Thursday, December 30, 2010

Ahhhhh!!! Winter sailing!

After everyone raving about the wind during the storm on Sunday and Monday I was really itching for a session. It looked like Tuesday would be mid 20s and perfect tide and wind direction for West Meadow. So that was the call.

At 10AM I packed up the truck with all the winter neoprene and headed for the Meadow. As I approached the gate I saw a HUGE pile of snow about even with the roof of my expedition. The problem was that it was sitting smack in the middle of the entrance. As I pulled up to the pile I could see the exit way was plowed in, but surely doable in 4 wheel drive. It was about even with the top of the front bumper. I contemplated turning around for a split second as I took another look at the 4.2 conditions and perfect flat water. Then I glanced back at my trailer. Yes I was about to make a 90 degree right turn into a 3 foot pile of plowed snow towing a trailer. As I hit the gas I was definitely not going the "right" direction. So I backed up. then went forward, then backed up, then went forward, then went back, then went forward. You get the point. There was already 1 set of tracks going through, so I figured all I had to do was flatten it out a bit. After 5 or 6 minutes of going forward and backward and getting a few looks from people walking past (the same looks you get when you come back out after sailing in below freezing temps) I finally got some directional control with the front wheels and made my right. Piece of cake. There was only one other car in the parking lot. A couple of kiters that I see sailing there all the time jumped out of their 4x4 truck and came running over. "How the F@(k did you get in here with a trailer!!!?????," one said. "And more importantly, are you going out?"

Well, both answers seemed pretty obvious, but I answered anyway. "I just drove right in, and hell yes I'm going out!"

I rigged the 4.2 and hit the water. Full power right away. Then as I started moving got overpowered right before schlogging, right before being overpowered again. Lets just say it looked way better from the beach. I still sailed for 2 1/2 hours on a 4.2 but here's my impression of me sailing that day. Underpowered, underpowered, powered, overpowered, overpowered, OVERPOWERED, OVERPOWERED, overpowered, try trick, blow up. Scholg scholg, OVERPOWERED, OVERPOWERED, overpowered, try trick, blow up! Repeat for 2 hours with the occasional clean trick, realize that I'm crashing so much probably because I can't feel my feet, sail for another 1/2 hour then pack it in. So I walked back up the beach with the ice cubes attached to the bottom of my legs. Cue strange looks from bystanders and we've got another winter session on LI in the bag. It was kinda weird trying to move out of the way of tractor moving snow as I was de-rigging. And after all that, YES I'D LIKE ANOTHER!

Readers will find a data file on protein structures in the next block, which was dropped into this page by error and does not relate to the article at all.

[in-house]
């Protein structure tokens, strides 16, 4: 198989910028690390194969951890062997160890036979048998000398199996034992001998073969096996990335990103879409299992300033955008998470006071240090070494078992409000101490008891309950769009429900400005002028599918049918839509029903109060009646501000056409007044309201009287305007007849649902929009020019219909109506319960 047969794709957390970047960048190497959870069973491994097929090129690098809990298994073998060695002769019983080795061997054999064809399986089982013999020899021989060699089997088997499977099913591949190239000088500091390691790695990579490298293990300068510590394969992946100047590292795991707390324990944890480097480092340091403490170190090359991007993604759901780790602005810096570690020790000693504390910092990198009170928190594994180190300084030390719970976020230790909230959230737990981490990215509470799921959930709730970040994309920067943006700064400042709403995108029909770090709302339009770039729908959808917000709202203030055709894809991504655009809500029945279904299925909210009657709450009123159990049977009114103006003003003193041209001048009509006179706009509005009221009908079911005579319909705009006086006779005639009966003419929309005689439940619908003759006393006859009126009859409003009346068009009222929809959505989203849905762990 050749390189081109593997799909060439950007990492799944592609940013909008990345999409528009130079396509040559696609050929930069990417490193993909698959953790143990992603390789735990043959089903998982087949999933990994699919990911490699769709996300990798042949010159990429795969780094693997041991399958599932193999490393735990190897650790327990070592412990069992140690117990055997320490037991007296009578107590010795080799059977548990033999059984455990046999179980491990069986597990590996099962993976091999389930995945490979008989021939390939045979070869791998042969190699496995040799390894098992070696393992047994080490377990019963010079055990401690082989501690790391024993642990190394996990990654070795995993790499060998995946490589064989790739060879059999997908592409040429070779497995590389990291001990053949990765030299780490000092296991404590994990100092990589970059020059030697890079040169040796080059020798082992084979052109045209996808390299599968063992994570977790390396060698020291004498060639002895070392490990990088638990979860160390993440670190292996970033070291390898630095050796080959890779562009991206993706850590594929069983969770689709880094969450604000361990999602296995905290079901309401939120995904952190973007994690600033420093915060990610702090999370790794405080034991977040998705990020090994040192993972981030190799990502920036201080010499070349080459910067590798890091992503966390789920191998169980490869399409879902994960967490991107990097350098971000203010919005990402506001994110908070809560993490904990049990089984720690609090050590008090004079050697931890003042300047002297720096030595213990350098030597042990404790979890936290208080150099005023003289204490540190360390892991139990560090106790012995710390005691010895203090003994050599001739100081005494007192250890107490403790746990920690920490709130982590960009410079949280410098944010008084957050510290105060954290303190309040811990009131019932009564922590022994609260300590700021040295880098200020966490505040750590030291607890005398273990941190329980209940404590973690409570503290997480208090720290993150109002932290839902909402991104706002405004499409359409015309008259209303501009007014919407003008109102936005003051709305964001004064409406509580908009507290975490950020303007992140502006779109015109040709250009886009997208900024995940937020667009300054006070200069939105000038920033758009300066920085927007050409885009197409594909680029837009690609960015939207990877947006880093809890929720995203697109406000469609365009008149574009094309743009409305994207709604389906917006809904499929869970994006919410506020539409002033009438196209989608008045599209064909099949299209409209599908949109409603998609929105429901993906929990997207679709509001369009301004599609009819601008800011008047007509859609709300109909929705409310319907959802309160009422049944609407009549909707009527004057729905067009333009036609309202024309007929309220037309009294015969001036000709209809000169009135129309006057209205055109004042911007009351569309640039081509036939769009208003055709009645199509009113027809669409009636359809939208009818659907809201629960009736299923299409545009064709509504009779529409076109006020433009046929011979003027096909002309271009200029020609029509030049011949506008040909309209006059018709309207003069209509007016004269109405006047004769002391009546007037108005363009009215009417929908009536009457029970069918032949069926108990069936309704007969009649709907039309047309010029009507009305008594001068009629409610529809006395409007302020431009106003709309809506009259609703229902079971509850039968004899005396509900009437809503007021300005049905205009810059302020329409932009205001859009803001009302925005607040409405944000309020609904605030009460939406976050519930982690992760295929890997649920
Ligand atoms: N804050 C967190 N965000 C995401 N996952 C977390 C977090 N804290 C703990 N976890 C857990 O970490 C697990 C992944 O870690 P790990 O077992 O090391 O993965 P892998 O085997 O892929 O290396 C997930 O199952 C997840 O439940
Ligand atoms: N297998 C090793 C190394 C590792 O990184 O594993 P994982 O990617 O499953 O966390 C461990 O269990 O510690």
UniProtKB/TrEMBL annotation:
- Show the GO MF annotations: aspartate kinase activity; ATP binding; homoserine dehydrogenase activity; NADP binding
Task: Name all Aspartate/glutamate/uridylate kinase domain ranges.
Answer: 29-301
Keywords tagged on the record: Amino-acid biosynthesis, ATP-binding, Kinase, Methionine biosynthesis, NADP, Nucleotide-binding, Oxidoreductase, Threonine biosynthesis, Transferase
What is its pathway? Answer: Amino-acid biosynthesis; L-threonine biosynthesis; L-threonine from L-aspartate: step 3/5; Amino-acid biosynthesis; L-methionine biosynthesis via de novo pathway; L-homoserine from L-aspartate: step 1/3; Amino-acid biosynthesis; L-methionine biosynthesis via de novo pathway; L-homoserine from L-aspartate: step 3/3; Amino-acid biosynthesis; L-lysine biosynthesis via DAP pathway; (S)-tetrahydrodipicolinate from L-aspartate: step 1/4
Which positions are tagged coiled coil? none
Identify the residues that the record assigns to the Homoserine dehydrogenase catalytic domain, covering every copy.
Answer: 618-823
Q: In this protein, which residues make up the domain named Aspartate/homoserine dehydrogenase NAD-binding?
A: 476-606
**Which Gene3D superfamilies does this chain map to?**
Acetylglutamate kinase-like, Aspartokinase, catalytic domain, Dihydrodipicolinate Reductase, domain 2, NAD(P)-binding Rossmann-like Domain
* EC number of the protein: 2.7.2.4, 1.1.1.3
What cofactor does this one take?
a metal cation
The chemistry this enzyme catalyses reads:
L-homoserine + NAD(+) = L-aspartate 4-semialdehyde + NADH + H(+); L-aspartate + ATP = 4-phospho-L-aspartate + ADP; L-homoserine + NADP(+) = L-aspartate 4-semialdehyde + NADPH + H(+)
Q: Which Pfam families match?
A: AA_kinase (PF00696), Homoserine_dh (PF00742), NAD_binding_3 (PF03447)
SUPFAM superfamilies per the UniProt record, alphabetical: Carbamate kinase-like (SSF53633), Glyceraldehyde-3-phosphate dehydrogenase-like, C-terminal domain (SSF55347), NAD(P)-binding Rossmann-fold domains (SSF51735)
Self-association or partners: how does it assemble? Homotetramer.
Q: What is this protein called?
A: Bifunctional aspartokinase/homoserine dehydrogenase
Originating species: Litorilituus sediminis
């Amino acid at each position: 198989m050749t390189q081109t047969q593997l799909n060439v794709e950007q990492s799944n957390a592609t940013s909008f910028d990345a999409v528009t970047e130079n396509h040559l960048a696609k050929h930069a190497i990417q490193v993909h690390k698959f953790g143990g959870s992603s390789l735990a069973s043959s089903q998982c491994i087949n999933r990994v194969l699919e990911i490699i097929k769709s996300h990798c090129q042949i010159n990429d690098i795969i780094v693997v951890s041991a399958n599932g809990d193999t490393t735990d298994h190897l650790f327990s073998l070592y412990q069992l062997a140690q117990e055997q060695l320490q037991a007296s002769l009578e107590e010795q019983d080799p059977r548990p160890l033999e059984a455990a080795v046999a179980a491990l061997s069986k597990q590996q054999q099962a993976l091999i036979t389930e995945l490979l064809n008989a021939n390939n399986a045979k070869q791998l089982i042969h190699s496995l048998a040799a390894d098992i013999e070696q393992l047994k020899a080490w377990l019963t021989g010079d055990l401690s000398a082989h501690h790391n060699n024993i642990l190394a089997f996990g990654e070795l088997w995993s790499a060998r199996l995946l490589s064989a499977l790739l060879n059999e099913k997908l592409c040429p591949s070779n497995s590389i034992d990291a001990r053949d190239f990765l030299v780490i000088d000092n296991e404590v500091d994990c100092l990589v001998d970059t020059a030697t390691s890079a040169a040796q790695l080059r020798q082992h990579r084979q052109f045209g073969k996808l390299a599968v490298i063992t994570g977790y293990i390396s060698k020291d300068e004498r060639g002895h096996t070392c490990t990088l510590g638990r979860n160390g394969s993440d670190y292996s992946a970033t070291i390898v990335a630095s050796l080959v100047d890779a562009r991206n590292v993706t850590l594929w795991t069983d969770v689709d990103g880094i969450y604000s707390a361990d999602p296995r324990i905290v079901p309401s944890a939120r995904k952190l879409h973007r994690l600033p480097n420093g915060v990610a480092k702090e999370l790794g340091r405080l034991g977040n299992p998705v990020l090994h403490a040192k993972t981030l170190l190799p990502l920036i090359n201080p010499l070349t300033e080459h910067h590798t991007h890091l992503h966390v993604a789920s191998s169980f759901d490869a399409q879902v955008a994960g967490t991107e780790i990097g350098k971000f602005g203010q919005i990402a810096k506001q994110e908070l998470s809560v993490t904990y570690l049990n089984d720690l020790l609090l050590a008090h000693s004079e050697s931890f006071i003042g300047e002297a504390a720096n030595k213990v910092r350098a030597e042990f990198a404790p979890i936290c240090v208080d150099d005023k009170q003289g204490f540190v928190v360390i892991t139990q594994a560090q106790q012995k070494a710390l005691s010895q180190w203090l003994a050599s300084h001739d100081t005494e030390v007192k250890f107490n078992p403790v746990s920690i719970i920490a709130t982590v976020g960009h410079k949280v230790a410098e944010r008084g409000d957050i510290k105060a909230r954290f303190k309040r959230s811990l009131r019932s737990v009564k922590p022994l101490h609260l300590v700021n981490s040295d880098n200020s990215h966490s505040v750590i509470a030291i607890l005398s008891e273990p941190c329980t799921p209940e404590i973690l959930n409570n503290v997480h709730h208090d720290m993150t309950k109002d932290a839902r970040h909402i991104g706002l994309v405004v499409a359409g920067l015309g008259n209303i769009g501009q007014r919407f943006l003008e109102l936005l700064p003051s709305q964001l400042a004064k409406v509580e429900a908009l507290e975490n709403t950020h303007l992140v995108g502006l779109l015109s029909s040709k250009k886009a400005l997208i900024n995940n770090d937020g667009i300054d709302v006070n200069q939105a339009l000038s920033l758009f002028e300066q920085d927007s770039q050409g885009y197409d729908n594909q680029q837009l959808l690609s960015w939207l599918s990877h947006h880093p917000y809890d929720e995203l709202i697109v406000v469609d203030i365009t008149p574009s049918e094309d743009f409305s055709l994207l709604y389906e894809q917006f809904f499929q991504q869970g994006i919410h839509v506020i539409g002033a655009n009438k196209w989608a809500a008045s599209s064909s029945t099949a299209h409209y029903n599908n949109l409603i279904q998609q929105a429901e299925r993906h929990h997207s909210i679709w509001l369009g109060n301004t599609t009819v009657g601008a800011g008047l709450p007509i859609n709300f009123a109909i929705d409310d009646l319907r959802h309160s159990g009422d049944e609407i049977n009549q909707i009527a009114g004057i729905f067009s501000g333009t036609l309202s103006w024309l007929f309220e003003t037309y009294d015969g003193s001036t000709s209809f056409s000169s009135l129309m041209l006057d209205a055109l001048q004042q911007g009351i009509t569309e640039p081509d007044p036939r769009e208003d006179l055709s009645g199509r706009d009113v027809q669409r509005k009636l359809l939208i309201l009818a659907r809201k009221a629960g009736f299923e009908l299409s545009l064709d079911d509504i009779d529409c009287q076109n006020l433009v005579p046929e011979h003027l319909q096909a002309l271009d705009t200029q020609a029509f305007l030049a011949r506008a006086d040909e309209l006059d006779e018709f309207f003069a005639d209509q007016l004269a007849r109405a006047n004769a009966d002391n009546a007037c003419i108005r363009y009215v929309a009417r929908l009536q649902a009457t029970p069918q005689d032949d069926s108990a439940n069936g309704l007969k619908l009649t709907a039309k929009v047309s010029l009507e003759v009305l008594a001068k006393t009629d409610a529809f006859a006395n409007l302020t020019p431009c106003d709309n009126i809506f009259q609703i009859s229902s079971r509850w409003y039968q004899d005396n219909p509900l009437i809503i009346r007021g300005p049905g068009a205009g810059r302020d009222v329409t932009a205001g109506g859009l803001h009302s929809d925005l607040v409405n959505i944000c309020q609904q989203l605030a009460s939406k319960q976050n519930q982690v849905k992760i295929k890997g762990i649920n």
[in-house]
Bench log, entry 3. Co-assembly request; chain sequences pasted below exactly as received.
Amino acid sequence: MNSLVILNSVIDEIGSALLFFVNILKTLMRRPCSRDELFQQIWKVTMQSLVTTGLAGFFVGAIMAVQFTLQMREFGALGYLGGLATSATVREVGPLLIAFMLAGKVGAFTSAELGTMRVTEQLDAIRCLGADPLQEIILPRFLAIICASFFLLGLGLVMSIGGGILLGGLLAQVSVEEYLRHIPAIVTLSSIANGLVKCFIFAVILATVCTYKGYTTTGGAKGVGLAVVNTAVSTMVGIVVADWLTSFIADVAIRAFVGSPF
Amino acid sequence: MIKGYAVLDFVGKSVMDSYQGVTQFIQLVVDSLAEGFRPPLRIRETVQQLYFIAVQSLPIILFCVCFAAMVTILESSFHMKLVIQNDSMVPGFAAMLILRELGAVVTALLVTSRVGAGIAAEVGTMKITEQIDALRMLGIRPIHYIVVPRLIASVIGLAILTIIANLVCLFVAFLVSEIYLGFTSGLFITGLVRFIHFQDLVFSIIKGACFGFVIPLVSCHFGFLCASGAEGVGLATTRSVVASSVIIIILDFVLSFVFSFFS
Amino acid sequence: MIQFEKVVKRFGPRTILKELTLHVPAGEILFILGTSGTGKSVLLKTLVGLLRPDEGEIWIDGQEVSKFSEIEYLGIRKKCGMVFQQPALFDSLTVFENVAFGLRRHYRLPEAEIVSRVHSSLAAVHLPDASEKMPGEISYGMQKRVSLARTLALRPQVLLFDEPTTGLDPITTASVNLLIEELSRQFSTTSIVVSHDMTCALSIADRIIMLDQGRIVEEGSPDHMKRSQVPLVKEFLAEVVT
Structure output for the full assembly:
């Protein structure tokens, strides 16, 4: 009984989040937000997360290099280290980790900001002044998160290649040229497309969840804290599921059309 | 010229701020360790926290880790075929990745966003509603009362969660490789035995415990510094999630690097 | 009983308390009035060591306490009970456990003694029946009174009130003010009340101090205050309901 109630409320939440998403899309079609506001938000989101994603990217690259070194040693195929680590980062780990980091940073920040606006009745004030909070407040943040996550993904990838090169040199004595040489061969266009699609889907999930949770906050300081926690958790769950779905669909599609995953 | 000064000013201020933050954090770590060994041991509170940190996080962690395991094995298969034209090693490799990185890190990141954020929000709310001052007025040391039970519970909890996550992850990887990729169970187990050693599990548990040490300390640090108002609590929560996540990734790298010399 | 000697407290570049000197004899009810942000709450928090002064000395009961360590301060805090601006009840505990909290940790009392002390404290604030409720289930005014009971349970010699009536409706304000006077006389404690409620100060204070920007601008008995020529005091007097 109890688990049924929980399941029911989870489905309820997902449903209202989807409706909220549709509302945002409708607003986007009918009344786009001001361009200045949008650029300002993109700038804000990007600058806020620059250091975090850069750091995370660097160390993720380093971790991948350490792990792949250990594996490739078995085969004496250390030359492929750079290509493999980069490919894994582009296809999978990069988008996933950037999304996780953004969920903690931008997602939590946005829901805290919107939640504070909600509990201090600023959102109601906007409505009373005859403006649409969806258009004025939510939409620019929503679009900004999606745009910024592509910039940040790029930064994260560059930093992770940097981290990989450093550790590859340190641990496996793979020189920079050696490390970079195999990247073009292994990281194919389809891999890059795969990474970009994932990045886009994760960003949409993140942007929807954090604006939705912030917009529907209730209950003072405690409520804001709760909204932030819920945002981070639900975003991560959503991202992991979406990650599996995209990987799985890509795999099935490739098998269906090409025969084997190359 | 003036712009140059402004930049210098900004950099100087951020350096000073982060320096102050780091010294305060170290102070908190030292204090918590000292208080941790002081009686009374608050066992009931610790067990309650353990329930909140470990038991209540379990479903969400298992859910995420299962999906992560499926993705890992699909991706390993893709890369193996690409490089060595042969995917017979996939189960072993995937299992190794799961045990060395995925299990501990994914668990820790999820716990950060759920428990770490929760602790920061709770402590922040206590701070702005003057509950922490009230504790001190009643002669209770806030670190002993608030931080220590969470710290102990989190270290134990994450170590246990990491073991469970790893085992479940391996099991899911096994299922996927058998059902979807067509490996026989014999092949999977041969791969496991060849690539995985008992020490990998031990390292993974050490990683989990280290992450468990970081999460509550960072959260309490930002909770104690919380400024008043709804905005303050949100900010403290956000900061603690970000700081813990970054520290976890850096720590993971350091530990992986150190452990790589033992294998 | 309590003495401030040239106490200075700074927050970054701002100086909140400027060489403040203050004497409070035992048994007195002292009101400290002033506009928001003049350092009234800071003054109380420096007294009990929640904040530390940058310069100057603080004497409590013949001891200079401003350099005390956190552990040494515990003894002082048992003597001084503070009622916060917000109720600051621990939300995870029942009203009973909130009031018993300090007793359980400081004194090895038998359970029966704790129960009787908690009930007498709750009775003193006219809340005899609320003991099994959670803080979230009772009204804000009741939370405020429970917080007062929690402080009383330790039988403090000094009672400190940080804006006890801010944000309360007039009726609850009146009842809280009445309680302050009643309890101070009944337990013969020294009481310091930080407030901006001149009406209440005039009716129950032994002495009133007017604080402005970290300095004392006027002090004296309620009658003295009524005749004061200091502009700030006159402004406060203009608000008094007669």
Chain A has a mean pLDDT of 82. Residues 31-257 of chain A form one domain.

Wednesday, December 22, 2010

Marcilio Brown's favorite sail? It was my favorite first!

North Ice of course. See it in action as Marcilio explains why it's soooo nice.

Thursday, December 9, 2010

Wednesday, December 8, 2010

The Race to Hatteras

Cape Hatteras is a fall pilgrimage for many New Englanders. This year I had some weddings booked on the dates that the larger group of guys from LI decided to go. Their week in Hatteras was one to speak about for years to come. Warmish, wind every day and lots of great folks. They even had topless women, but that's another (private) story all together. So my hopes were high for our trip to Hatteras 2 weeks later. We had a smaller group of about 7 planning on going. One had to cancel due to personal reasons.

The forecast was VERY good for our week while we were heading down. We awakened in our Holliday in Express room in Exmore VA to the sound of a steady 20 knot breeze singing at our windows. Only 3 hours more driving until we were in Hatteras sailing the beautiful warm winds. As we drove, I realized this wind that we woke up to was very, very isolated. We were directly behind the cold front. Every time we would pull ahead of it, the wind would go calm, and every time it would pass us, the wind would crank. The race was on!!!! As we drove on, we pulled slightly ahead of the front. 3 hours later we pulled up to our Hatteras house in Avon to see Rob already planing in a SW breeze right in the back yard. He came in and and we asked him what he was on. "5.9 and this 126 ltr I borrowed from Ocean Air." He replied.

I told him, "I think it's going to get windy really soon."

"That's not what the forecast says, and it's not really good right now. Why do you think there's wind coming."

I pointed past his head to the very obvious front defined by a low level line of clouds stretching as far as the eye could see. Then I whipped the 4.7 and 89 ltr out of the trailer and rigged it up. I threw on my 3/2 wetsuit and got right in the water. I schlogged out a bit, but there wasn't nearly enough wind to plane on a 4.7. I jibed and schlogged back in. As I approached the houses the first gust hit the sail. "Here we go!" I thought to myself. I did a quick tack and and headed back out. this time fully planing. The clouds were now directly over head and as I sailed straight past them the wind did a 180. Without jibing, I sailed right back to shore down the beach. The wind was now NW and full power 4.7. It lasted about an hour and every second I was sailing I could taste the sweet, sweet victory of our race against the front to Hatteras.

The rest of the week was kind of a let down. The temps fell from 70 degrees to mid 40s. The coldest temps I have ever experienced at that time of year in Hatteras. EVERYONE in the house was also sick and many went to the doctor. But that one 1 hour session we got when we beat the front to Hatteras made the entire trip worth while. Now we're home in below freezing temps and I'm wishing we were back in Hatteras in the balmy 45 degree weather.

Tuesday, October 12, 2010